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Postby vasteq » 14 Jul 2011 20:12
In my opinion this is one of the most beautiful small bolbitis I've ever seen. Name suggests that this fern comes from the Gua Angin (Wind Cave) near Sarawak river in Indonesia. But i think that Vladim should better describe history of this fern. Temp of grow similar to Cuspidata, but i have it for a short time to tell more. Has a beautiful detailed edges and sharp top of the leaves.
Growing fine in my tank with parameters:
KH 6
GH 14
PH 6,8

http://bucephalandraplants.blogspot.com/2014/01/deutsch-bucephalandra-magische-pflanze.html
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Postby Sumpfheini » 18 Jul 2011 14:30
Hi vasteq,
looks indeed similar to Bolbitis heteroclita "cuspidata" and might be a variant of B. heteroclita. Emersed specimens with spores could be ID'ed.
With B. heteroclita forms such as "cuspidata" I have the problem that mature submerged leaves become dark-brown / blackish. Maybe due to suboptimal conditions.

Greets Heiko
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Postby vasteq » 18 Jul 2011 17:55
Quite similar but Gua angin has a sharp leaves. Size is also similar.:



Photo wit both Bolbitis (not good quality. In foreground is Cuspidata. Gua angin is on the net). On the left is Bolbitis Heteroclita Difformis - smallest Bolbitis:

http://bucephalandraplants.blogspot.com/2014/01/deutsch-bucephalandra-magische-pflanze.html
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Postby Sumpfheini » 30 Jul 2011 13:30
Hi vasteq,
thank You for the pics! It's possible that there are much more variants from this Bolbitis group.
I wonder if there are ones remaining a good-looking color of mature leaves, not turning dark when submerged.

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Heiko
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Postby vasteq » 02 Nov 2011 15:53
what do you mean : not turning dark when submerged.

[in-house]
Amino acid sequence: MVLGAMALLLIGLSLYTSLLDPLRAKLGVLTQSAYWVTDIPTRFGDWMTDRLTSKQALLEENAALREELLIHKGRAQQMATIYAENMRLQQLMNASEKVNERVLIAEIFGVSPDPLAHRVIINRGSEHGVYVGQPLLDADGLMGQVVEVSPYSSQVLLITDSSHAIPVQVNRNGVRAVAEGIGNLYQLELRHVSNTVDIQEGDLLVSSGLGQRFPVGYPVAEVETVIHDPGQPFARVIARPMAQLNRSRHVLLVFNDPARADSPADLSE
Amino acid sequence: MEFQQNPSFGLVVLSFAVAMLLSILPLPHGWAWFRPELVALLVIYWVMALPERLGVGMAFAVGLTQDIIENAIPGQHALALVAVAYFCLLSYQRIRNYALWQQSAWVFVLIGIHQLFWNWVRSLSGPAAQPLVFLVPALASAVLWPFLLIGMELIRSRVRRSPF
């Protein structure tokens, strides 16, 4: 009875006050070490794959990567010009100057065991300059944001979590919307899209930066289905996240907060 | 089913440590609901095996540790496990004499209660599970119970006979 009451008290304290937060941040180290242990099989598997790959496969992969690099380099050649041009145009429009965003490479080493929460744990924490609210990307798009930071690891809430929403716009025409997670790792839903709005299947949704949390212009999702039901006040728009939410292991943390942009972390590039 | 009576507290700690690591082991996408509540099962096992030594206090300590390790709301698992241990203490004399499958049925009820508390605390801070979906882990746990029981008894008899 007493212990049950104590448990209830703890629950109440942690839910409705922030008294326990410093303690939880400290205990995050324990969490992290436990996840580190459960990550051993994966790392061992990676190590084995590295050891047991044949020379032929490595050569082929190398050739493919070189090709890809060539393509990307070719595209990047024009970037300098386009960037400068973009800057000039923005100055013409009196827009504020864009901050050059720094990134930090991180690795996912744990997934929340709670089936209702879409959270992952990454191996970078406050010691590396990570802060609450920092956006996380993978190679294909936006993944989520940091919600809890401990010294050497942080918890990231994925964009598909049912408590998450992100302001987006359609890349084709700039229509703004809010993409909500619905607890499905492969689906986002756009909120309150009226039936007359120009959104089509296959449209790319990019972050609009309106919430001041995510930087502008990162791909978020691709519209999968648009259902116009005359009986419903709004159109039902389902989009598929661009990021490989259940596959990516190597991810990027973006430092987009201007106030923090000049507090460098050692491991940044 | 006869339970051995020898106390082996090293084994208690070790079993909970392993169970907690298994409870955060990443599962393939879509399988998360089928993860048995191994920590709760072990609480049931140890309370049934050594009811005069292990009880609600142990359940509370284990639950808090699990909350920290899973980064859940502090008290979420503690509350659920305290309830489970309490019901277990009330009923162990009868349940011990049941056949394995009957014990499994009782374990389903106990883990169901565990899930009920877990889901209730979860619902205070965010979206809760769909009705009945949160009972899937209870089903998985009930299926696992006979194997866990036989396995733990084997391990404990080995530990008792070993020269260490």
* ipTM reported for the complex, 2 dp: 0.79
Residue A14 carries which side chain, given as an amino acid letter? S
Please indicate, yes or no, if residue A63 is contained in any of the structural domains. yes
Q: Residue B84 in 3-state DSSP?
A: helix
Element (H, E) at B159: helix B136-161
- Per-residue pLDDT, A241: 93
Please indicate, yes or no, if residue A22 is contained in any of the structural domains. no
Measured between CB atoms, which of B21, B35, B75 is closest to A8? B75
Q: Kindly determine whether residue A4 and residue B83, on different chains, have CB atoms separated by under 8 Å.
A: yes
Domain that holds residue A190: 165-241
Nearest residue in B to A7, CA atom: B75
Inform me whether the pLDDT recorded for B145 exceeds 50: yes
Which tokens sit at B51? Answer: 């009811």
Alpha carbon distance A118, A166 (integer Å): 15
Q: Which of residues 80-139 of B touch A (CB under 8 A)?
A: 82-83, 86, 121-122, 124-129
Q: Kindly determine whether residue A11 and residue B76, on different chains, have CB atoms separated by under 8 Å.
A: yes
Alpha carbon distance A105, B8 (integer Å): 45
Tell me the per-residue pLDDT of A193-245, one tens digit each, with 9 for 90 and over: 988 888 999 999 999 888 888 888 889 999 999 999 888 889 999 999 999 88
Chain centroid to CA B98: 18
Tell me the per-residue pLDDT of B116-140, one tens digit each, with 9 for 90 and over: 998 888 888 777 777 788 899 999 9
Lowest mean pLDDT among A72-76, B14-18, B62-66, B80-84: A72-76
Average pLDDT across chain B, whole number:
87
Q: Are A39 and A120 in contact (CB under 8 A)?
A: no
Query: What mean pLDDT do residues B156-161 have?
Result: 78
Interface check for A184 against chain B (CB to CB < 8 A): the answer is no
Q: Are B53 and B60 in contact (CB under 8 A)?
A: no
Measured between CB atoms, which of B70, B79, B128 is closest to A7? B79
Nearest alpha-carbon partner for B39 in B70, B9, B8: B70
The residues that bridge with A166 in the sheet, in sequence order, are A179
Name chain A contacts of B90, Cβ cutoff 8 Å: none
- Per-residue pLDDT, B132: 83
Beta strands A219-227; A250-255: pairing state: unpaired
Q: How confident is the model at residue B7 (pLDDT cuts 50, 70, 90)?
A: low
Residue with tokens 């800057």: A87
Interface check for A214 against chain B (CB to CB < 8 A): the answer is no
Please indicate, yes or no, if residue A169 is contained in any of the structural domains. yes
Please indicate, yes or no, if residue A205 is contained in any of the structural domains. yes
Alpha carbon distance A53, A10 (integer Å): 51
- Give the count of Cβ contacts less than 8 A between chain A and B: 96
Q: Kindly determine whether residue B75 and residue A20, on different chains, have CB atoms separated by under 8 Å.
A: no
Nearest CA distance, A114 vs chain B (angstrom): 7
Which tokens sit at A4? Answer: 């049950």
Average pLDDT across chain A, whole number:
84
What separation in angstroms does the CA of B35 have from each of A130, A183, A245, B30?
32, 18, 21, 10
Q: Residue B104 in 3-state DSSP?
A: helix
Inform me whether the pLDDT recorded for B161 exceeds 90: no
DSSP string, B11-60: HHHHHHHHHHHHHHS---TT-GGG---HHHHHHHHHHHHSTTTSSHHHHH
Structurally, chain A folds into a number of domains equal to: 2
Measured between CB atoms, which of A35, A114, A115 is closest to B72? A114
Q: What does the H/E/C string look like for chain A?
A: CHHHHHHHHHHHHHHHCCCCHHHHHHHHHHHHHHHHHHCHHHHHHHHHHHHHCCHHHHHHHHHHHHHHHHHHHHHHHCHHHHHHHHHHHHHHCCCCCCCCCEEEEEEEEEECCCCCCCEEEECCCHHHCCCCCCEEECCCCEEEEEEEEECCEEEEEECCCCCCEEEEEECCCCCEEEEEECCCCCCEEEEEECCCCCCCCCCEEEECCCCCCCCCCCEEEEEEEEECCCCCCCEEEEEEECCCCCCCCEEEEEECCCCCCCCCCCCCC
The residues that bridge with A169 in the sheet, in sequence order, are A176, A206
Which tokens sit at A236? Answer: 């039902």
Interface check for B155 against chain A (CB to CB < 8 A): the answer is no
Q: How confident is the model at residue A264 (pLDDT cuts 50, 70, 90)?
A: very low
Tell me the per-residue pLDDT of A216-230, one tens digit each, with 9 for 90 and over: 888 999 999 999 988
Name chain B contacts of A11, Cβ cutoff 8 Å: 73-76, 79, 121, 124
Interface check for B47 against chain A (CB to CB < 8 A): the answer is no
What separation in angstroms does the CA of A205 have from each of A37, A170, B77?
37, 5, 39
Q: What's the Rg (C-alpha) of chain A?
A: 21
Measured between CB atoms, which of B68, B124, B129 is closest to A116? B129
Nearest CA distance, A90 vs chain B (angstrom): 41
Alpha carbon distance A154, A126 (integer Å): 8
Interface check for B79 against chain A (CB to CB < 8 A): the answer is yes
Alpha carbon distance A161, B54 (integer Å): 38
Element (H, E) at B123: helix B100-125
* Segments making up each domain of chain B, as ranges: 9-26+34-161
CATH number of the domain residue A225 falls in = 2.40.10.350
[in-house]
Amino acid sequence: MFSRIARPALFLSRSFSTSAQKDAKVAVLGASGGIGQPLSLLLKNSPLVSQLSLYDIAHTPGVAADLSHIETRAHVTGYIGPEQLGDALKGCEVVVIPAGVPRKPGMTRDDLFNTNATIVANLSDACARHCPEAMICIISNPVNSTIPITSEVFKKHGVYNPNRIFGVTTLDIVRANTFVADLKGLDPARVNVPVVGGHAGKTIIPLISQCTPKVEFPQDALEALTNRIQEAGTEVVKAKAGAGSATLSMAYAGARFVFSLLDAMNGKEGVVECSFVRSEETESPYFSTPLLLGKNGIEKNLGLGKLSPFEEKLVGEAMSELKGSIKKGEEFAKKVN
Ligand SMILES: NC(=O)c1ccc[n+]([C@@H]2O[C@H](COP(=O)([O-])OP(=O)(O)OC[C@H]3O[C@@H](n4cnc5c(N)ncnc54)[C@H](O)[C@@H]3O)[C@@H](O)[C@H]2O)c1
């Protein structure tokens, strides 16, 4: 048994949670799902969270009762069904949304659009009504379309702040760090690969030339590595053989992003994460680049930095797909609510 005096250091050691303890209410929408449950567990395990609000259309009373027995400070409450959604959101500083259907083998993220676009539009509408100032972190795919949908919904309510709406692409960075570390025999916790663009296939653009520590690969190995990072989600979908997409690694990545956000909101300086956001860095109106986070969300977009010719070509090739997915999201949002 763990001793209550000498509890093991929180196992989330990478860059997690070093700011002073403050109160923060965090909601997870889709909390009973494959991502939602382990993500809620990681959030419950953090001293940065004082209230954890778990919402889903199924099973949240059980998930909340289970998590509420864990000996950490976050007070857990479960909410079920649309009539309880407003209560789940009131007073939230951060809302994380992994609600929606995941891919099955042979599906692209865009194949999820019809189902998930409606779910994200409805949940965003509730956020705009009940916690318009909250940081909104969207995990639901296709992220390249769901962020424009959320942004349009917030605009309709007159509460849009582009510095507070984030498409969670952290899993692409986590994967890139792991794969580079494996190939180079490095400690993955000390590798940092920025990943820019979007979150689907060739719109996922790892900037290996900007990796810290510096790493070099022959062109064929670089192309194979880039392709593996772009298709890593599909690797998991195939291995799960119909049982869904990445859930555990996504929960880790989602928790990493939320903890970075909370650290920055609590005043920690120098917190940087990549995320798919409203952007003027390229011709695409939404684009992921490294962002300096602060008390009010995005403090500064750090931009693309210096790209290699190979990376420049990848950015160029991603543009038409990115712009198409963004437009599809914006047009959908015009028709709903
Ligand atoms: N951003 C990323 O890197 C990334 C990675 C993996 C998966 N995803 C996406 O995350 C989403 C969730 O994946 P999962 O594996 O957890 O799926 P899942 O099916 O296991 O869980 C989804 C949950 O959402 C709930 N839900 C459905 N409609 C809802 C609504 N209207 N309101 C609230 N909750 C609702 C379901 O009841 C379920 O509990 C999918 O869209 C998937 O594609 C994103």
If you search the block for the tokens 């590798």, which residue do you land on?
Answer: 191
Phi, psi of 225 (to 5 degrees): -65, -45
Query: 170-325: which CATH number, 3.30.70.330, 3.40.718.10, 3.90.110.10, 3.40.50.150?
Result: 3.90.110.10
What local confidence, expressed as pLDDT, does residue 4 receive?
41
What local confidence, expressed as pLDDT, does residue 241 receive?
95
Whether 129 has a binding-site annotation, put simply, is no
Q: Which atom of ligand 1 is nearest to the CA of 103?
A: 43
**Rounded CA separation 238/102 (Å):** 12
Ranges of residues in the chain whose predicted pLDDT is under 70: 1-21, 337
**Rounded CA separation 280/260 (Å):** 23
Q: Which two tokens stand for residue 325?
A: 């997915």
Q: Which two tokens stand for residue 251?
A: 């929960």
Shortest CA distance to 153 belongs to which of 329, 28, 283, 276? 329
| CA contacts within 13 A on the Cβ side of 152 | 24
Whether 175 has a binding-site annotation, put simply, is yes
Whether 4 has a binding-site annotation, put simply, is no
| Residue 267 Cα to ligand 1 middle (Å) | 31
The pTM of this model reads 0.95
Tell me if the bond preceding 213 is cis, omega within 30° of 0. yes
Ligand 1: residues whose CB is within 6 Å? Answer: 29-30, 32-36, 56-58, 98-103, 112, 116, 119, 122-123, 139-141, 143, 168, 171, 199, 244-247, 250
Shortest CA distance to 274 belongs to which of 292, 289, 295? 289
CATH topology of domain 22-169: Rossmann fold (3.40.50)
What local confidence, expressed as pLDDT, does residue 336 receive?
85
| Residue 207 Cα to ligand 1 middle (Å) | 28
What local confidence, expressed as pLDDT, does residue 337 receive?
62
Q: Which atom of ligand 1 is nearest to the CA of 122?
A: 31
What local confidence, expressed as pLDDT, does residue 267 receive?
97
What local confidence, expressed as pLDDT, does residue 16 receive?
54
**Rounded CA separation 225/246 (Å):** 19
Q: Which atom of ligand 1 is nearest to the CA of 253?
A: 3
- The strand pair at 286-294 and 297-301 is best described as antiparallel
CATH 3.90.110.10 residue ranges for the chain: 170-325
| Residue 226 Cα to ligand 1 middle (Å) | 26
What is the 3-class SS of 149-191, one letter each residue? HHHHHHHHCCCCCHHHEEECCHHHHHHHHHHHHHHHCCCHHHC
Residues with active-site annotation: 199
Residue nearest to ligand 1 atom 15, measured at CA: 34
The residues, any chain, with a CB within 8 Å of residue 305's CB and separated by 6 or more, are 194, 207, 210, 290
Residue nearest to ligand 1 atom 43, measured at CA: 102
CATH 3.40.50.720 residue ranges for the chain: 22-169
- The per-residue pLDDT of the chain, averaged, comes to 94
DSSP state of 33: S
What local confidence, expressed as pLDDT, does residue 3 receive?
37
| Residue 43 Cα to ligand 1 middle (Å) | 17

I observed this what do you wrote, but it not only applies to mature leaves, also sometimes the young leaves if they change the environment. Leaves could stop growing and turn brown. That's the same also Bolbitis Cuspidata and Difformis. However some mature leaves are green to this day. I think that depend on water quality or maybe like i said: change environment. The "passing in bronze" leaves are release the small spores (i observed it on Difformis, Cuspidata, Pteridophyta "X kiat". But on Gua angin not yet) Pteridophyta "X kiat you can se here (you can see a smal spore on non-trident leaf):

http://bucephalandraplants.blogspot.com/2014/01/deutsch-bucephalandra-magische-pflanze.html
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Postby Sumpfheini » 03 Nov 2011 13:30
Hi Vasteq,

yes, I meant the same what You've observed. Till now I saw it on all forms of B. heteroclita I tried submerged (that means, also "cuspidata" and "difformis"). It might be difficult to keep conditions where these brown areas on the leaves don't appear (low light?).

I believe also Your Pteridophyta "X kiat" is a form of Bolbitis heteroclita (for ID it must be a full-grown emersed plant, best with spore bearing leaves = sporophylls).

I mean the little round thing on the non-lobed leaf of Your "X kiat" isn't a spore or a sorus, but a bulbil from which a daughter plantlet may develop (vegetatively).
In ferns the sori develop on the underside of the leaves only. In Bolbitis species, the spore-bearing leaves differ much from the sterile leaves, they have longer stalks and narrower leaf blades. They don't have single sori but the whole underside of the leaf blade is covered with brown sporangia (spore capsules).